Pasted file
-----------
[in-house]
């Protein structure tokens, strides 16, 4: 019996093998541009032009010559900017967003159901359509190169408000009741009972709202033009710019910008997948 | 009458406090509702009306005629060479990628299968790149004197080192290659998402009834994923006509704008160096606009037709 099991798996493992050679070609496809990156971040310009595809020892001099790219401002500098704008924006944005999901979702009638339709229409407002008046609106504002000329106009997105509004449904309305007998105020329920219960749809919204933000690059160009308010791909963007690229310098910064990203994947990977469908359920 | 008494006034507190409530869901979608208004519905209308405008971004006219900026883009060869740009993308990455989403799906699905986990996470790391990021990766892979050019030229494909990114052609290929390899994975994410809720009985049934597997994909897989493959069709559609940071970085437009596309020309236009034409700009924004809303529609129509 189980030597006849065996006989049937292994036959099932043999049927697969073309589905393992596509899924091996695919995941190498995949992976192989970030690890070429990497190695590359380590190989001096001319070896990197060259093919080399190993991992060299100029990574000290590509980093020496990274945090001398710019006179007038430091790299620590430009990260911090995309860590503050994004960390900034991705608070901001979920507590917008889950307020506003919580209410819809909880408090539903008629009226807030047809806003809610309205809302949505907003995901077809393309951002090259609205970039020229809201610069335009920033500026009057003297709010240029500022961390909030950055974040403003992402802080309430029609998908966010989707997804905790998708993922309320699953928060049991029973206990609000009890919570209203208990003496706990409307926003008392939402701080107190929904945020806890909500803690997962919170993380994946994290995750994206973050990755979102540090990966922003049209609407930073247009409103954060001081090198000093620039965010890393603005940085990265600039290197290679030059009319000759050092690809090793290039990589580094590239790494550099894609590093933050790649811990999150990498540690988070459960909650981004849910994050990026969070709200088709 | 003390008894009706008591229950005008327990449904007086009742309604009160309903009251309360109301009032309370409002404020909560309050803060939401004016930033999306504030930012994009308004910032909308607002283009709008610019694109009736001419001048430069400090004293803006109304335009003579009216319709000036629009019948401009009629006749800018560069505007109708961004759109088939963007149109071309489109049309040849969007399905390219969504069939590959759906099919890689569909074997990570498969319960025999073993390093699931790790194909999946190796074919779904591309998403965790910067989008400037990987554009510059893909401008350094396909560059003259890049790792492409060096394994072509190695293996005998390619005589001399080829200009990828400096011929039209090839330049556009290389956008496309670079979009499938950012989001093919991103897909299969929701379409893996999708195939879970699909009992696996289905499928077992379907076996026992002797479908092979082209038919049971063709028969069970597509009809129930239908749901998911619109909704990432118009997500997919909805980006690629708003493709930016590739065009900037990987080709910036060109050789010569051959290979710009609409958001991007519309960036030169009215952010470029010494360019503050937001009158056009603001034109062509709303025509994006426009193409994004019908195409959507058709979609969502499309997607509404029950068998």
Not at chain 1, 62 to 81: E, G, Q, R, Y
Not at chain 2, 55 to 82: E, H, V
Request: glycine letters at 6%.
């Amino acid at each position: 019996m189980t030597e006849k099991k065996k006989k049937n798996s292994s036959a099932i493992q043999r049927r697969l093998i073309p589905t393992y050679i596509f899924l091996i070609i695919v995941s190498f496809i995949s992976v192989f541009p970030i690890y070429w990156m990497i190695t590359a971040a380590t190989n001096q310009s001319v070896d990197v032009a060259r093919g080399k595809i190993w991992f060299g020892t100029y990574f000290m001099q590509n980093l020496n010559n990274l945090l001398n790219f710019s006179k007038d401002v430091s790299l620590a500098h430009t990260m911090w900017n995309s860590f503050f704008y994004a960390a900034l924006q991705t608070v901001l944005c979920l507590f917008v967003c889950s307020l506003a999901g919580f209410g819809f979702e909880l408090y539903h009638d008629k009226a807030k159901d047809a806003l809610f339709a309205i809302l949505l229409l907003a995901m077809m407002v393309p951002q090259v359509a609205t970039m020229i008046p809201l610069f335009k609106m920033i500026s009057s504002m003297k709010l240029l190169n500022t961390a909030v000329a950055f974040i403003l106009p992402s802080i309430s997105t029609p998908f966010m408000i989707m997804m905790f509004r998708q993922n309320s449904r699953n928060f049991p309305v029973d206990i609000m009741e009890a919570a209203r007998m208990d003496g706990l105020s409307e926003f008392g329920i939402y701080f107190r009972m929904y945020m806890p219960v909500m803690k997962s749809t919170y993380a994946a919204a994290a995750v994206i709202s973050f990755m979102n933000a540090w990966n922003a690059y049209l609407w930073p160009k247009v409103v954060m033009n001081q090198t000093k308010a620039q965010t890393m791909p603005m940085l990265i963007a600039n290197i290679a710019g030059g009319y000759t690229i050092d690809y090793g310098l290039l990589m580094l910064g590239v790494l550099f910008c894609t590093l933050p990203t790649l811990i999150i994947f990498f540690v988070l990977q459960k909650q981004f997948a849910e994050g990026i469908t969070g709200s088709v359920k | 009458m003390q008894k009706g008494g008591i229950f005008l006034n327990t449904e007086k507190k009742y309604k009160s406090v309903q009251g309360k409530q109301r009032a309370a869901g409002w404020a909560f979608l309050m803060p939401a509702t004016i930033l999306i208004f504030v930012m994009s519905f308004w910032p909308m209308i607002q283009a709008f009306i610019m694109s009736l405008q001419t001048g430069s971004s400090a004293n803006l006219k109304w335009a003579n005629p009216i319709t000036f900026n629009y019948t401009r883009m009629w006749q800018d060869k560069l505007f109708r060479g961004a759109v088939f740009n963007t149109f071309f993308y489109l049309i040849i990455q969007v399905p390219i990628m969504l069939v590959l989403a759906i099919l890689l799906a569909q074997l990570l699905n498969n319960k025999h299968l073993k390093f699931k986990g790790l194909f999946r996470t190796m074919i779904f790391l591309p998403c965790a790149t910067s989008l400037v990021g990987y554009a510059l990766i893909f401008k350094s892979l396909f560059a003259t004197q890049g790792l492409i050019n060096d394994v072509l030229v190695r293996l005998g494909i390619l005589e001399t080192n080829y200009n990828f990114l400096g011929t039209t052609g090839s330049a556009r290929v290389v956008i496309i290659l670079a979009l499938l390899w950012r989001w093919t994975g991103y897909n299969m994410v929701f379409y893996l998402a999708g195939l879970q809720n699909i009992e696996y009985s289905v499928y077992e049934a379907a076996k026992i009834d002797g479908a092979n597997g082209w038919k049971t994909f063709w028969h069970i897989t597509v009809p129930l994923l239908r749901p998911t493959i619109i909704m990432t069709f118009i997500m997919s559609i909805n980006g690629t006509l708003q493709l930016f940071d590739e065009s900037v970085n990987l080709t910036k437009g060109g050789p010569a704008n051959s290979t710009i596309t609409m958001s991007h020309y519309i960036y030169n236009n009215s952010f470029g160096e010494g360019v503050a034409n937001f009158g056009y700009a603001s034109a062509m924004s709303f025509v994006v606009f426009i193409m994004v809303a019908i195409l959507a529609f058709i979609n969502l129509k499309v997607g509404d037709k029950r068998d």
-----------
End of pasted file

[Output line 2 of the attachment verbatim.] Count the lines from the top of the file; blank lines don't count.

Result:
């Protein structure tokens, strides 16, 4: 019996093998541009032009010559900017967003159901359509190169408000009741009972709202033009710019910008997948 | 009458406090509702009306005629060479990628299968790149004197080192290659998402009834994923006509704008160096606009037709 099991798996493992050679070609496809990156971040310009595809020892001099790219401002500098704008924006944005999901979702009638339709229409407002008046609106504002000329106009997105509004449904309305007998105020329920219960749809919204933000690059160009308010791909963007690229310098910064990203994947990977469908359920 | 008494006034507190409530869901979608208004519905209308405008971004006219900026883009060869740009993308990455989403799906699905986990996470790391990021990766892979050019030229494909990114052609290929390899994975994410809720009985049934597997994909897989493959069709559609940071970085437009596309020309236009034409700009924004809303529609129509 189980030597006849065996006989049937292994036959099932043999049927697969073309589905393992596509899924091996695919995941190498995949992976192989970030690890070429990497190695590359380590190989001096001319070896990197060259093919080399190993991992060299100029990574000290590509980093020496990274945090001398710019006179007038430091790299620590430009990260911090995309860590503050994004960390900034991705608070901001979920507590917008889950307020506003919580209410819809909880408090539903008629009226807030047809806003809610309205809302949505907003995901077809393309951002090259609205970039020229809201610069335009920033500026009057003297709010240029500022961390909030950055974040403003992402802080309430029609998908966010989707997804905790998708993922309320699953928060049991029973206990609000009890919570209203208990003496706990409307926003008392939402701080107190929904945020806890909500803690997962919170993380994946994290995750994206973050990755979102540090990966922003049209609407930073247009409103954060001081090198000093620039965010890393603005940085990265600039290197290679030059009319000759050092690809090793290039990589580094590239790494550099894609590093933050790649811990999150990498540690988070459960909650981004849910994050990026969070709200088709 | 003390008894009706008591229950005008327990449904007086009742309604009160309903009251309360109301009032309370409002404020909560309050803060939401004016930033999306504030930012994009308004910032909308607002283009709008610019694109009736001419001048430069400090004293803006109304335009003579009216319709000036629009019948401009009629006749800018560069505007109708961004759109088939963007149109071309489109049309040849969007399905390219969504069939590959759906099919890689569909074997990570498969319960025999073993390093699931790790194909999946190796074919779904591309998403965790910067989008400037990987554009510059893909401008350094396909560059003259890049790792492409060096394994072509190695293996005998390619005589001399080829200009990828400096011929039209090839330049556009290389956008496309670079979009499938950012989001093919991103897909299969929701379409893996999708195939879970699909009992696996289905499928077992379907076996026992002797479908092979082209038919049971063709028969069970597509009809129930239908749901998911619109909704990432118009997500997919909805980006690629708003493709930016590739065009900037990987080709910036060109050789010569051959290979710009609409958001991007519309960036030169009215952010470029010494360019503050937001009158056009603001034109062509709303025509994006426009193409994004019908195409959507058709979609969502499309997607509404029950068998």